If the 1930's taught us any lesson at all, it was that aggressive conduct, if allowed to grow unchecked and unchallenged, will ultimately lead to war. This nation is opposed to war -- but it is true to its word.

According to some accounts, Kennedy's normal speechwriter Ted Sorensen, who was staunchly opposed to airstrikes, refused to write the speech, so it was drafted by National Security Advisor McGeorge Bundy.

While Kennedy appeals for U.S. citizens to remain calm and calls for talks with Soviet Premier Nikita Khrushchev to discuss the situation, it's quite possible that this speech, if delivered, would have marked the beginning of a nuclear war.


Nixon: Death on the Moon

In July 1969, legendary speechwriter William Safire drafted a speech -- considered by some to be among his best -- for President Richard Nixon to deliver in the event the Apollo 11 astronauts were unable to return to earth:

Fate has ordained that the men who went to the moon to explore in peace will stay on the moon to rest in peace.

These brave men, Neil Armstrong and Edwin Aldrin, know that there is no hope for their recovery. But they also know that there is hope for mankind in their sacrifice.

These two men are laying down their lives in mankind's most noble goal: the search for truth and understanding.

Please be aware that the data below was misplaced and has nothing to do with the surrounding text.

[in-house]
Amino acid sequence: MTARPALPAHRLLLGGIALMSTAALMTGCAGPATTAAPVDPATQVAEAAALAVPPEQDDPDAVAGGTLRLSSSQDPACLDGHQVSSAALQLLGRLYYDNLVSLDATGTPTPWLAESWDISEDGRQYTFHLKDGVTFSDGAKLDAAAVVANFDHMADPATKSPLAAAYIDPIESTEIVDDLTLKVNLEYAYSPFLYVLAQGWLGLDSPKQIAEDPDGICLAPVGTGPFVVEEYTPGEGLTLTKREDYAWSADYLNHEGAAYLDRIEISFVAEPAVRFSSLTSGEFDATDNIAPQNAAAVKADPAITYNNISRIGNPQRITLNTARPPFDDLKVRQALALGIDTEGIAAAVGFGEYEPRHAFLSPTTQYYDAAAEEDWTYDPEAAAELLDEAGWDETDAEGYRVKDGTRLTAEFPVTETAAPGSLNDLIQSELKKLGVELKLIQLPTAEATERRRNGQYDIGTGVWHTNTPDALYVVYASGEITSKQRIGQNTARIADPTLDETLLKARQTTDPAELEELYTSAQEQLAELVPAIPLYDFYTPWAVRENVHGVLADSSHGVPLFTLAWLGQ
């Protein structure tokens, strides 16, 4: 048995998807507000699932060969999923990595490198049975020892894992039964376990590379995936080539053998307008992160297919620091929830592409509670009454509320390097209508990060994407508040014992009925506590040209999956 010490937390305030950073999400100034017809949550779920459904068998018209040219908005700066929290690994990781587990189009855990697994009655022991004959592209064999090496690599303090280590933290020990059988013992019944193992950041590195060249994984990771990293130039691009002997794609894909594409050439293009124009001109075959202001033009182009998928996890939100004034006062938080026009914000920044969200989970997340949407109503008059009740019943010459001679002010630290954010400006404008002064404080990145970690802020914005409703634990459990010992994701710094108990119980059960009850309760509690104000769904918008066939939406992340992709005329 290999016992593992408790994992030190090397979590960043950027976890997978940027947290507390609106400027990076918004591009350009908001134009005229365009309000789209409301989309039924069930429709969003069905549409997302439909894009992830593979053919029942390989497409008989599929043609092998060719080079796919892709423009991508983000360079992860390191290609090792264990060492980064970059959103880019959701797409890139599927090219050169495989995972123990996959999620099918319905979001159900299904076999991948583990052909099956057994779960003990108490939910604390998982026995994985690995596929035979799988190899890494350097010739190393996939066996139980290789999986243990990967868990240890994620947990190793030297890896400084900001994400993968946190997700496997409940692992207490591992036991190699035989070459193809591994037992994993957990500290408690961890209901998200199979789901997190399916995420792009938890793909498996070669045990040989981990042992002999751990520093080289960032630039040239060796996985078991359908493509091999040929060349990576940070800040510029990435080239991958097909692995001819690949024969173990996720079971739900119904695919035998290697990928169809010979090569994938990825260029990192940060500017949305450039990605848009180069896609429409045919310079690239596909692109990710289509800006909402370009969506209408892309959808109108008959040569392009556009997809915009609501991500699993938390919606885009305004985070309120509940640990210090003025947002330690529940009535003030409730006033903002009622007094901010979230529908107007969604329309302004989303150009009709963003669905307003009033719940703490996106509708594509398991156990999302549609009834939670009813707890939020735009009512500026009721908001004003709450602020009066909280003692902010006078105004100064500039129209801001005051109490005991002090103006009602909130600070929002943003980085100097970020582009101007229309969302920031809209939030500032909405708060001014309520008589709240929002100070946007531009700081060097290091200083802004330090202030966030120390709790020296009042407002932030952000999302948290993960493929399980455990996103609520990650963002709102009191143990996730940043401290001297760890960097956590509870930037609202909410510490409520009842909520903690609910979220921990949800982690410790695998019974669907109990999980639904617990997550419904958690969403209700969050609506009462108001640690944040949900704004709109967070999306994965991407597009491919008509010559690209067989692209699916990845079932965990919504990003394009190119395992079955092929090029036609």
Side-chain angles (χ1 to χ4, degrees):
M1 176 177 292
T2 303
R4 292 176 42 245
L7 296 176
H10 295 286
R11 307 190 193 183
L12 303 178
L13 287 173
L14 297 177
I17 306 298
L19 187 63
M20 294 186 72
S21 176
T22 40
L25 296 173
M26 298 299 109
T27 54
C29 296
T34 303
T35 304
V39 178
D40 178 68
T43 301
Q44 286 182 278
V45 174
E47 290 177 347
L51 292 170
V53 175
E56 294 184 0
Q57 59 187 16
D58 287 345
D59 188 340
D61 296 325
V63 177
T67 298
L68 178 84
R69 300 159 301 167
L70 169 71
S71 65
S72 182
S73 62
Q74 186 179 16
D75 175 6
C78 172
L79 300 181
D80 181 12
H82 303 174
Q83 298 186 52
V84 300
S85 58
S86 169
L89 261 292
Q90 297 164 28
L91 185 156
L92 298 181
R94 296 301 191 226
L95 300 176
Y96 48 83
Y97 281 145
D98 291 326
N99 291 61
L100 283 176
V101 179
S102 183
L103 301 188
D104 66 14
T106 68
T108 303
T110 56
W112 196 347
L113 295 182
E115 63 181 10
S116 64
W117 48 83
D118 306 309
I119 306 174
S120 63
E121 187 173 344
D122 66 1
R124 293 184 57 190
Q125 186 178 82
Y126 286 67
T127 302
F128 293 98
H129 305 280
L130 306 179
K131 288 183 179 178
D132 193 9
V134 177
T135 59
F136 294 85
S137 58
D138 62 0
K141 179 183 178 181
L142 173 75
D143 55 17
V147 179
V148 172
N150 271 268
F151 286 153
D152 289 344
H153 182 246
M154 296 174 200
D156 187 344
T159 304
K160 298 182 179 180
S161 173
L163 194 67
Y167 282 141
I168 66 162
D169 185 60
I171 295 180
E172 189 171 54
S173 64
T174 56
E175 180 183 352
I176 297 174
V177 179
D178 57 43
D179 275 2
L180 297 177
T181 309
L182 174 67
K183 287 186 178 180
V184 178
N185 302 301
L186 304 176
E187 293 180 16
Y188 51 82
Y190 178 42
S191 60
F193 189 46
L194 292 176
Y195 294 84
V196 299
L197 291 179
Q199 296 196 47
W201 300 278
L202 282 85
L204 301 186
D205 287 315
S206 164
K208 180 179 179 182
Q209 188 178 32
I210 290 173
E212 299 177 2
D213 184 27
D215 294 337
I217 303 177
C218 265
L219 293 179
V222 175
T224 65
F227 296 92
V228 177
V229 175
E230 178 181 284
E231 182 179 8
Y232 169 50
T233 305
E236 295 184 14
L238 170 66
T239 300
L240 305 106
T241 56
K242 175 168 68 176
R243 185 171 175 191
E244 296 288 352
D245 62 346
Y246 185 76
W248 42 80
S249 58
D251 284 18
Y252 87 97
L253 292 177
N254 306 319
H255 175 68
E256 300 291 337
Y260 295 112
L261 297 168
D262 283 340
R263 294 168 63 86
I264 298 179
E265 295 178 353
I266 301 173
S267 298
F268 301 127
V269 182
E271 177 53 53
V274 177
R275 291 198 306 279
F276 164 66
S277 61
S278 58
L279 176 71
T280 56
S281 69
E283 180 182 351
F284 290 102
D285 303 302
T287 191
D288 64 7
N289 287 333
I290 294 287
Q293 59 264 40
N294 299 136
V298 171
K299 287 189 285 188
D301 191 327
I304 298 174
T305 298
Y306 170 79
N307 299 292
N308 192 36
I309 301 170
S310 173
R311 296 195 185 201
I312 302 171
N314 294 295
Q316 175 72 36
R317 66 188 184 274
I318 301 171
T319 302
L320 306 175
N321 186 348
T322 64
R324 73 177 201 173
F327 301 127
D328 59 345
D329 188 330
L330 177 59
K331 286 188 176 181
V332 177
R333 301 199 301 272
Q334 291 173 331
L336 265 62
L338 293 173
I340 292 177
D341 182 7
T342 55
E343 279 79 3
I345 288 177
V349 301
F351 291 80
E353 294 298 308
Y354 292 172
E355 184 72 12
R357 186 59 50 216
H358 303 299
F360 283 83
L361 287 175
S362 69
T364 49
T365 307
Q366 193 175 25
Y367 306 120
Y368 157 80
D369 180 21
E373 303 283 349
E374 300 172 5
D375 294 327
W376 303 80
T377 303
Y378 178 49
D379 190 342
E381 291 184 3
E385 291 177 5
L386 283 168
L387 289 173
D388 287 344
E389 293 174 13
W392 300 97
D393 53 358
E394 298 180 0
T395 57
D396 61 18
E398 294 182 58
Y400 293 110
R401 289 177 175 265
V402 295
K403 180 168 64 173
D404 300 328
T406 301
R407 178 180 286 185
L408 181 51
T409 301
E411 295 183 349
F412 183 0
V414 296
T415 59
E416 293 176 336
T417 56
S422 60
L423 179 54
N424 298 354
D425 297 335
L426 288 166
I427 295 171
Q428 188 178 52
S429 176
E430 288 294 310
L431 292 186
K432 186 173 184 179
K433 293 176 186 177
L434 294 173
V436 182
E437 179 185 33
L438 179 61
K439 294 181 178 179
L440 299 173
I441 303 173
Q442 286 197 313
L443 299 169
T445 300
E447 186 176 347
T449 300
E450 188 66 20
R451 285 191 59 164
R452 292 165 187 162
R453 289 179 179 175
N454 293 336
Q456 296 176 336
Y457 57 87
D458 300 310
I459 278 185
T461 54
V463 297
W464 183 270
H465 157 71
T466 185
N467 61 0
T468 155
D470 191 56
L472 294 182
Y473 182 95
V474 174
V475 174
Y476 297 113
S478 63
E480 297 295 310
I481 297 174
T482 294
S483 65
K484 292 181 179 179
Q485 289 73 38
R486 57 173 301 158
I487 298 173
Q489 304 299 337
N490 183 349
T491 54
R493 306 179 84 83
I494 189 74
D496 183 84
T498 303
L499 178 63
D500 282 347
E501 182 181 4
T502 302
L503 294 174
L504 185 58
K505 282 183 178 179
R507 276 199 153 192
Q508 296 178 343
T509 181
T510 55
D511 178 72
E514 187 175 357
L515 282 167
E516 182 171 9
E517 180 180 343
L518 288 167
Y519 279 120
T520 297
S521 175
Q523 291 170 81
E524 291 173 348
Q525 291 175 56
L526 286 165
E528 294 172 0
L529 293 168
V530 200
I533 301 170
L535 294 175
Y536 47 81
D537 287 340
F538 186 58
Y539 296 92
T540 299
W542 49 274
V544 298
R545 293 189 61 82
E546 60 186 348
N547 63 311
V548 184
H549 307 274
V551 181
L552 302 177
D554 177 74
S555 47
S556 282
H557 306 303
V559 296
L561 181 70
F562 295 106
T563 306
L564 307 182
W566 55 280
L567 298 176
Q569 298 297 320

They will be mourned by their families and friends; they will be mourned by their nation; they will be mourned by the people of the world; they will be mourned by a Mother Earth that dared send two of her sons into the unknown.

What makes the speech particularly macabre reading today is the use of present tense. Nixon says the men "are laying down their lives," and a supplementary note attached to the remarks specifies that before speaking the president should telephone the "widows-to-be." Aldrin and Armstrong would have been trapped on the moon listening to their own eulogy.

Eisenhower: The Failure of D-Day

The day before the invasion of Normandy on June 6, 1944, Gen. Dwight D. Eisenhower, the Supreme Allied Commander, wrote down a statement to be delivered if the Germans were able to repel the attack. It read:

Our landings in the Cherbourg-Havre area have failed to gain a satisfactory foothold and I have withdrawn the troops. My decision to attack at this time and place was based on the best information available. The troops, the air, and the Navy did all that bravery and devotion to duty could do. If any blame or fault attaches to the attempt it is mine alone.

Eisenhower carried the handwritten note in the wallet throughout the operation, but fortunately never had to deliver it.

Richard Nixon Foundation via Getty Images

Rice: The Missile Threat